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Behaviour and decision making

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					Topic 3



Behaviour and decision making
     o Decision Making

     o The Decision Making Process

     o Alternative Decision Making Models

     o Decision Making Aids

     o Self-Concept and Decision Making

     o Implications for Managers

     o Summary




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TOPIC 3:   Behaviour   and   decision   making
     Learning objectives

     On completion of this topic, you should be
     able to:

     !"    describe the kinds of decisions managers
           make;

     !"    explain the meaning of rational decision
           making;

     !"    outline the steps in the decision making
           process;

     !"    describe individual attributes such as
           cognitive style, personality and
           motivation and explain how they affect
           decision making;

     !"    describe a number of techniques for
           improving group decision making; and

     !"    discuss and comment on the tactics that
           managers can use to make their decision
           making more effective.




24   B E H A V I O U R A L   A S P E C T S   O F   M A N A G E M E N T
Decision making

Decision making is the lifeblood of any
organisation and the very essence of
management. It is not unusual for a manager
to face decisions about hiring and firing,
product specifications and return on
investment all in the same business day.

Some managers confront decision rationally
and coolly; others decide impulsively or with
only part of the information that they should
use. Some people avoid making decisions
consciously; however, even such passive
people actually have a definite philosophy
about how to confront problems. These people
probably are unaware that their philosophy of
how to confront problems has a decision
making component: they have decided to run
away from problems rather than to rationally
select alternatives.


Definition
Firstly, a decision is a choice made from
available alternatives. Decision making is
the process of identifying a set of feasible
alternatives and, from these, choosing a
course of action.


The decision making process

The decision making process has seven steps.
They are logical and simple in themselves;
but they are all essential to the process:

1.   Define the problem.
2.   Identify the limiting or critical
     factors.
3.   Develop potential alternatives.
4.   Analyse the alternatives.
5.   Select the best alternative or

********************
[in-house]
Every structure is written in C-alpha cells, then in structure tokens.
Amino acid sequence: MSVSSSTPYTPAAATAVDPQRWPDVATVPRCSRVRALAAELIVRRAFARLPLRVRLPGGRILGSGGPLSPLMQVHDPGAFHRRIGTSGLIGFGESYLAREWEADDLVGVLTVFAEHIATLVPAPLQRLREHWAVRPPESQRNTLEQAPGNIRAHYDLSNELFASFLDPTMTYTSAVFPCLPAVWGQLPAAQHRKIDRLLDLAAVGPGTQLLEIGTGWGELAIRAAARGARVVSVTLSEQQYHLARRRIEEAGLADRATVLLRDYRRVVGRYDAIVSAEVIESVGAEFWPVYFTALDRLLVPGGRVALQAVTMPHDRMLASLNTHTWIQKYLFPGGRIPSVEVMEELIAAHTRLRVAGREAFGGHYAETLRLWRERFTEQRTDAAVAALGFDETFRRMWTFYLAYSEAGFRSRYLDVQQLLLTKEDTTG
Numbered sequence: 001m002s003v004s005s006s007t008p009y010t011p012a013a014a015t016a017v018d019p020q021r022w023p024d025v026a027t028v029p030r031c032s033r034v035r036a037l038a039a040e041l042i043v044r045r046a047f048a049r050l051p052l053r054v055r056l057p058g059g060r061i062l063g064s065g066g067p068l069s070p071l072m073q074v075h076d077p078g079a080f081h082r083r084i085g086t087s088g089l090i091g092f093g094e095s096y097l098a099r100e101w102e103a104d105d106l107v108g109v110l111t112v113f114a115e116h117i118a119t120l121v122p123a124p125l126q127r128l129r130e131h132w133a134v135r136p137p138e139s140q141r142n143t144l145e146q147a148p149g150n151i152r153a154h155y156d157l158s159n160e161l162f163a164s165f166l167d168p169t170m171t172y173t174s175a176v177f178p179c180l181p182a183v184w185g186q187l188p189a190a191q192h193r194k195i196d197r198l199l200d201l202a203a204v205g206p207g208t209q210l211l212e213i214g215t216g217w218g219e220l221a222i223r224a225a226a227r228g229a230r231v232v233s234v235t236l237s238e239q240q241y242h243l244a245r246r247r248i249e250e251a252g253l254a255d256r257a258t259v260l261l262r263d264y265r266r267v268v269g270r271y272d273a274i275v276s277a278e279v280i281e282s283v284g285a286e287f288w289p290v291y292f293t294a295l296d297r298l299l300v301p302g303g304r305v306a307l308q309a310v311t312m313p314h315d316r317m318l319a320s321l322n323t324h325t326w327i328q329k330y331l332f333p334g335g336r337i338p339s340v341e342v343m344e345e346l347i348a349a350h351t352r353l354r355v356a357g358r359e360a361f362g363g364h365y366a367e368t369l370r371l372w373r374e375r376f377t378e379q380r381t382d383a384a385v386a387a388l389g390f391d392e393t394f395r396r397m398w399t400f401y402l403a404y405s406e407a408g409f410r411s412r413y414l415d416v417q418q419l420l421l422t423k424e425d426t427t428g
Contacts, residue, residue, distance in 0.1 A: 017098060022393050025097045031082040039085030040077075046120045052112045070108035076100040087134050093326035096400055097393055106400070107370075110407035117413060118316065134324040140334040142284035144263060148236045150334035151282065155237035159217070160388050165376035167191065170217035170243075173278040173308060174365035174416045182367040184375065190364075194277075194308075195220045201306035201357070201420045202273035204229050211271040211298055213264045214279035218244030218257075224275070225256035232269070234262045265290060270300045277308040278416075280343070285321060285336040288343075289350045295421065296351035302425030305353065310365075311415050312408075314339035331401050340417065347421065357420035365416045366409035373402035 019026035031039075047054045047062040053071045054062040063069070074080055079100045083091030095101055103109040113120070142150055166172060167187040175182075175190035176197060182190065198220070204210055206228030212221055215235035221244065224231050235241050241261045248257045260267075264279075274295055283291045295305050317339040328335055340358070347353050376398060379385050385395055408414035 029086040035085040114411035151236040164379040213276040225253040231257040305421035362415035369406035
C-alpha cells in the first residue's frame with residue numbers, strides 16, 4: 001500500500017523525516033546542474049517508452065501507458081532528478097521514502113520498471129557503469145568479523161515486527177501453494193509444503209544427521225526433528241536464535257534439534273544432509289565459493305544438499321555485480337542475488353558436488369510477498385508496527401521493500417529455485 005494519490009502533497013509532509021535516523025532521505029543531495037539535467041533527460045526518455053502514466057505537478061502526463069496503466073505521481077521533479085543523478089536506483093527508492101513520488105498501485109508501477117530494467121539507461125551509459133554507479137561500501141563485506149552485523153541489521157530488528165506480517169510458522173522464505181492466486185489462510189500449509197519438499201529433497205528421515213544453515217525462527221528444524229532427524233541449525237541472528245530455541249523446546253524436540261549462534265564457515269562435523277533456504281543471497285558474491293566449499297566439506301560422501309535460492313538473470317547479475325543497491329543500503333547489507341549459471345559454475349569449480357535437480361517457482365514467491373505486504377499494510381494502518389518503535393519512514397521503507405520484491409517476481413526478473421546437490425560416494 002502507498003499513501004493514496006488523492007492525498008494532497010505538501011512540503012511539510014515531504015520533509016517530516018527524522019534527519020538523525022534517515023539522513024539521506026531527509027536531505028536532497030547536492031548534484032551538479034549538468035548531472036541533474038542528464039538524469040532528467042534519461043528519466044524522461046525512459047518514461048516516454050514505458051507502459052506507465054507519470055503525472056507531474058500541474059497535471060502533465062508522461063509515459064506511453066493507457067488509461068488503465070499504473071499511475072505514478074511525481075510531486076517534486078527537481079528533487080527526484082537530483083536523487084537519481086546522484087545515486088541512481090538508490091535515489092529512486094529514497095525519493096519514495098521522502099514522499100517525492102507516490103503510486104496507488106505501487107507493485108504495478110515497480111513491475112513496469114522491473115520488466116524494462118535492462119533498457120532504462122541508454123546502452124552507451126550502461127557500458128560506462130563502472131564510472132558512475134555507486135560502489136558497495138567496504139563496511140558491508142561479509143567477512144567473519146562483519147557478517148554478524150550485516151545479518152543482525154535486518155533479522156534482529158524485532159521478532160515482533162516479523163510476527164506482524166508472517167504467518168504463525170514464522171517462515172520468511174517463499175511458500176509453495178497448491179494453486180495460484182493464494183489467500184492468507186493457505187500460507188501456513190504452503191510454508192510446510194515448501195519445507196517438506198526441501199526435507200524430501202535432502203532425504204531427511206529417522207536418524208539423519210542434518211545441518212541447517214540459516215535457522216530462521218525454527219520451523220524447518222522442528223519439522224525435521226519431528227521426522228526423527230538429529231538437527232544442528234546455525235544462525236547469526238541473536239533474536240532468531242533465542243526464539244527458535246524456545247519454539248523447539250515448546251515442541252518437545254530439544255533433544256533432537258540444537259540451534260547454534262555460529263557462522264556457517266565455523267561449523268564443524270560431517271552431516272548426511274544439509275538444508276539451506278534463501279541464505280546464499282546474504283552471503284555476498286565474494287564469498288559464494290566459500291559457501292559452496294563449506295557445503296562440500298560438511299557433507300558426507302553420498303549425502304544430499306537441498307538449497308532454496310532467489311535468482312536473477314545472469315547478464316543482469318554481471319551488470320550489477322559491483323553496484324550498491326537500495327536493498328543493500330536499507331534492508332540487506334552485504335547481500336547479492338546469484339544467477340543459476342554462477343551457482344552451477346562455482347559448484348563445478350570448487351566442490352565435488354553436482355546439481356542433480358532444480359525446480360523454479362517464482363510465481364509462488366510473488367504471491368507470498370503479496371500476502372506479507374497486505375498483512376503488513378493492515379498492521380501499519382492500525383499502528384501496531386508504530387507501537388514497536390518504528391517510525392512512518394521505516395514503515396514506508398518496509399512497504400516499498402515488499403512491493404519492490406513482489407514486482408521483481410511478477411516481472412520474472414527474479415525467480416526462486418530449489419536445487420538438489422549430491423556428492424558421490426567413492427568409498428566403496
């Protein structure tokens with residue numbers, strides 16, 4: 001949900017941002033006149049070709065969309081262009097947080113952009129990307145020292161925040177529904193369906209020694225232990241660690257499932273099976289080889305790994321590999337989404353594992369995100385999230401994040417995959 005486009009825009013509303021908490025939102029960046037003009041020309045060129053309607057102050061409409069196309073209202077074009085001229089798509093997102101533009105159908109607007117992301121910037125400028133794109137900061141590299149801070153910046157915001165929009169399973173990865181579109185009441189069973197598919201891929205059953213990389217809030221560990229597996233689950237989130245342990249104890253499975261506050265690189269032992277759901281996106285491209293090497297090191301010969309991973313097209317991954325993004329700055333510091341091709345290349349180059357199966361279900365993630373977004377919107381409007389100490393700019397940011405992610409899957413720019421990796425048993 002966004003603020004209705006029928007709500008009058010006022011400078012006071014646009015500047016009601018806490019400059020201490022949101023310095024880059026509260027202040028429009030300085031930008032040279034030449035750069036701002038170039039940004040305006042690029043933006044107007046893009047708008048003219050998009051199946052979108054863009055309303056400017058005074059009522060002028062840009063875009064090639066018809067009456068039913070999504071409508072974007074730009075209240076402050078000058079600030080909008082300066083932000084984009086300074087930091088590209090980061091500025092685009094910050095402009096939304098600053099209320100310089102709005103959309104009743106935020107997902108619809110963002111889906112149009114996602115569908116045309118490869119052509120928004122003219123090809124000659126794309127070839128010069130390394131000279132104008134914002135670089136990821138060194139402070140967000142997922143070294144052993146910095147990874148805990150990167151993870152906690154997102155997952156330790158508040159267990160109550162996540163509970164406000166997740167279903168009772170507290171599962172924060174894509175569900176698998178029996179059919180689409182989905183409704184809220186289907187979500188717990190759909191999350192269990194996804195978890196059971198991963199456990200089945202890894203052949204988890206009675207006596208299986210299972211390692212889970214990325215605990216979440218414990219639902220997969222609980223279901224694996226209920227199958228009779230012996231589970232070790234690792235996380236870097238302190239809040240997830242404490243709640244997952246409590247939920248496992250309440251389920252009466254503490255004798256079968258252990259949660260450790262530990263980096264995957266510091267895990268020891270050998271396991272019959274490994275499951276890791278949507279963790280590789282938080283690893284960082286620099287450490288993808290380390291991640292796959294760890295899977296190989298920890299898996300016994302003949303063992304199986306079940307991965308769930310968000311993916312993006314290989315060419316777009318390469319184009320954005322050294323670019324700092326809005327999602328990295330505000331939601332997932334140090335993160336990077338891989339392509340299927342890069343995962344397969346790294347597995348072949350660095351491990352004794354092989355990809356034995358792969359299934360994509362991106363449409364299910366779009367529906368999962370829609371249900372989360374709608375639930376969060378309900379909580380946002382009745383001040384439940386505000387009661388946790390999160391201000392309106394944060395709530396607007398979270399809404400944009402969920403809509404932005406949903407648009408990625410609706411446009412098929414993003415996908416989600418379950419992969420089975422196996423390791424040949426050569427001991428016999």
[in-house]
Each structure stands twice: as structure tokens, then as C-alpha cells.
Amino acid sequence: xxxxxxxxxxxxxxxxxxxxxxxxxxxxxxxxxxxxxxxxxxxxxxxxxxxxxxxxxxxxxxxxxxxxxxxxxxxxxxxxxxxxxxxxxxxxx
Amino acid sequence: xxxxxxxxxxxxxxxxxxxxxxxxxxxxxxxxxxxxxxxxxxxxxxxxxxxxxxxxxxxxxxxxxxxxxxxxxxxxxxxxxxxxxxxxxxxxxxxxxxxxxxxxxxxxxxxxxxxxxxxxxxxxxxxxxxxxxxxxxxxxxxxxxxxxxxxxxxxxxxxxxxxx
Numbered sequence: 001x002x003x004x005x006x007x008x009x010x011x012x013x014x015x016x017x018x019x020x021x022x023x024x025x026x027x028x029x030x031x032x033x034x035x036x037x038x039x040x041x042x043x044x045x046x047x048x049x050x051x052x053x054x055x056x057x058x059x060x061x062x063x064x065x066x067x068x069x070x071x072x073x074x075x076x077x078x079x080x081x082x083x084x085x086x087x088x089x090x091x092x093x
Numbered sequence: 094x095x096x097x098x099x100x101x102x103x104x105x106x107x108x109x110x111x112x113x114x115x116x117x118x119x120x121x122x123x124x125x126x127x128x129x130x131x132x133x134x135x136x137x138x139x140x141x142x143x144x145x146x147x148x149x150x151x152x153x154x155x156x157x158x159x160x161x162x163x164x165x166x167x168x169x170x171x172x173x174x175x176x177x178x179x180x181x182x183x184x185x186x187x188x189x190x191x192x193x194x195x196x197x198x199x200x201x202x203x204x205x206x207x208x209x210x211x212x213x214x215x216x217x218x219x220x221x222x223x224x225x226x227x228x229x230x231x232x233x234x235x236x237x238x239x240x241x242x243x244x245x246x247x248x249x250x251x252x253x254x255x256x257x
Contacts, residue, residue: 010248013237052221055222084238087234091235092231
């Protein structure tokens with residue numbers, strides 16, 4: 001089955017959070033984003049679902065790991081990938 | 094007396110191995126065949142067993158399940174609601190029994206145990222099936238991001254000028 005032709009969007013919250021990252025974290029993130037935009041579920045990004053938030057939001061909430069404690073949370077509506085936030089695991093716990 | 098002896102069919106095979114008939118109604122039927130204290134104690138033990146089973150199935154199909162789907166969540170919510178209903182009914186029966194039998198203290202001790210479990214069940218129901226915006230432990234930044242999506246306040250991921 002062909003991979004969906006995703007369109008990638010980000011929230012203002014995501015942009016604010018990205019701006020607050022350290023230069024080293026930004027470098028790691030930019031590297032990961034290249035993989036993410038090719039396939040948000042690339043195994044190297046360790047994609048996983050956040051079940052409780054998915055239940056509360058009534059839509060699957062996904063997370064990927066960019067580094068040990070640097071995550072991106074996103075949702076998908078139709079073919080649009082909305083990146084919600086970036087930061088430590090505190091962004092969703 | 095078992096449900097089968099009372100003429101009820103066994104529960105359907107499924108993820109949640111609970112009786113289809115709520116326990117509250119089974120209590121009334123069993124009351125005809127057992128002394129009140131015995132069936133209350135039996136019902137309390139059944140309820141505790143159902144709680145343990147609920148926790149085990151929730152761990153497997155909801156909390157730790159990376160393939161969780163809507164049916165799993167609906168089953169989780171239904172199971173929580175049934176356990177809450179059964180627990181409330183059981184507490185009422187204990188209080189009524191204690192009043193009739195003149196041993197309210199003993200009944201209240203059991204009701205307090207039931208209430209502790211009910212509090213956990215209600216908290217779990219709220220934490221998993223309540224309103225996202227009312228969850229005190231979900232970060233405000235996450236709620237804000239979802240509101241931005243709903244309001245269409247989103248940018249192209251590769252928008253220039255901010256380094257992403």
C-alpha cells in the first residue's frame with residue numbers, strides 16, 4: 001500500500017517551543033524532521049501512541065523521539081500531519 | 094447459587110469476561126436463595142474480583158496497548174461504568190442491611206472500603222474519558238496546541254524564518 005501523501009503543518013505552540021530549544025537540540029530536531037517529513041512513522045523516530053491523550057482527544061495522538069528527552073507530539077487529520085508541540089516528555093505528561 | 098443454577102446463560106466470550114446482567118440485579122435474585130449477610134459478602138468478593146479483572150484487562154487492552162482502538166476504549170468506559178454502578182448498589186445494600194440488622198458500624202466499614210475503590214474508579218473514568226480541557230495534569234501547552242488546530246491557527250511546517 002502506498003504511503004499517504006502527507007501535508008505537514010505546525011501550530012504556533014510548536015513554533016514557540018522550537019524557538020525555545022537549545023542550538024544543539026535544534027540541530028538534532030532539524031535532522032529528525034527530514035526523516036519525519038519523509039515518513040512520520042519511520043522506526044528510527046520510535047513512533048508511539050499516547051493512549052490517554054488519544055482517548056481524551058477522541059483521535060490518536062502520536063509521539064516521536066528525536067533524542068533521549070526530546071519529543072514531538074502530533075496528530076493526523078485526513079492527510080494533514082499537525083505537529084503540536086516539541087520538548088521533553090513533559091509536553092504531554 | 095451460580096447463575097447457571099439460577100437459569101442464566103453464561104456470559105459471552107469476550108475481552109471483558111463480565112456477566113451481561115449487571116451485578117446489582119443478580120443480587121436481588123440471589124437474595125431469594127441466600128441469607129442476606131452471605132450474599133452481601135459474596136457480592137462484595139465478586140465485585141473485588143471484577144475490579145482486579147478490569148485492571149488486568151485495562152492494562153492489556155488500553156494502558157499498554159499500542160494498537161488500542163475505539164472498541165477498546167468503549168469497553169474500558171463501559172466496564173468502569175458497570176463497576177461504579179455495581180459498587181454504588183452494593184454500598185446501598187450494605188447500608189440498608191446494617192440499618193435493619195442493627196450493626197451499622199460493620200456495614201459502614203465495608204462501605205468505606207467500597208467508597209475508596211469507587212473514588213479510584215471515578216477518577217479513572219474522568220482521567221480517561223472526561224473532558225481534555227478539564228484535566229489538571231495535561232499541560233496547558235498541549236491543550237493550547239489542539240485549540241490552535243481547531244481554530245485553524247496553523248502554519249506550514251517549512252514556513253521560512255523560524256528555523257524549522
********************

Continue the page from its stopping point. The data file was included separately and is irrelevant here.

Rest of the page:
combination of best alternatives.
6.   Implement the solution.


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TOPIC 3:   Behaviour   and   decision   making
     7.    Establish a control and evaluation
           system.


     Define the problem
     This is the critical step.

     The accurate definition of a problem affects
     all the steps that follow; if a problem is
     inaccurately defined, every other step in the
     decision making process will be based on that
     incorrect point.

     Is there a good method for a manager to use
     to define the problem? Yes. A manager needs
     to focus on the problem, not the symptoms.
     This is accomplished by asking the right
     questions and developing a sound questioning
     process.

     According to Peter Drucker, ‘‘……the most
     common source of mistakes in management
     decisions is the emphasis on finding the
     right answer rather than the right
     questions.’’


     Identifying the limiting or critical factors
     Limiting factors are those constraints that
     rule out certain alternative solutions. One
     common limitation is time. Resources,
     personnel, money, facilities, and equipment
     are the other common limiting or critical
     factors that narrow down the range of
     possible alternatives.


     Develop potential alternatives
     These alternatives should eliminate, correct,
     or neutralise the problem. Doing nothing
     about a problem sometimes is the proper
     alternative, at least until the situation has
     been thoroughly analysed.

     While building this list of alternatives it
     is wise to avoid being critical or
     judgemental about any alternative that occur,


26   B E H A V I O U R A L   A S P E C T S   O F   M A N A G E M E N T
and for you to be as creative and wide-
ranging as possible.

Sources for alternatives include past
experience, other persons whose opinions and
judgements are respected and the practices of
successful managers.


Analyse the alternatives
The purpose of this step is to decide the
relative merits of each of the alternatives.

!"What are the positives and negatives of
  each alternative?
!"Does the alternative conflict with the
  critical (limiting) factors that you
  identified earlier?
If so they must be automatically discarded.

Depending on the type of problem and the
potential solutions developed, the manager
might need to make more thorough analysis by
applying specific decision making aids. (A
discussion about decision making aids is
covered later in this topic.)


Select the best alternative
By this point, the alternatives have been
listed along with their corresponding
advantages and disadvantages. Which should
be selected? Sometimes the optimal solution
is a combination of several of the
alternatives.

In trying to select an alternative or
combination of alternatives, you must,
reasonably enough, find a solution that
appears to offer the fewest serious
disadvantages and the most common advantages.

Take care not to solve one problem and create
another with your choice.




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TOPIC 3:   Behaviour   and   decision   making
     Implement the solution
     Managers are paid to make decisions, but they
     are also paid to get results from these
     decisions. A decision that just sits there
     hoping someone will put it into effect may as
     well never have been made. Everyone involved
     with it must know what he or she must do, how
     to do it, why, and when.

     Additionally, a good alternative, applied by
     uncommitted persons in a half-hearted way,
     will often create problems, not solve them.

     Like plans, solutions need effective
     implementation to yield the desired results.


     Establish a control and evaluation system
     The final step in the decision making process
     is to create a control and evaluation system.

     Ongoing actions need to be monitored. This
     system should provide feedback on how well
     the decision was implemented, what the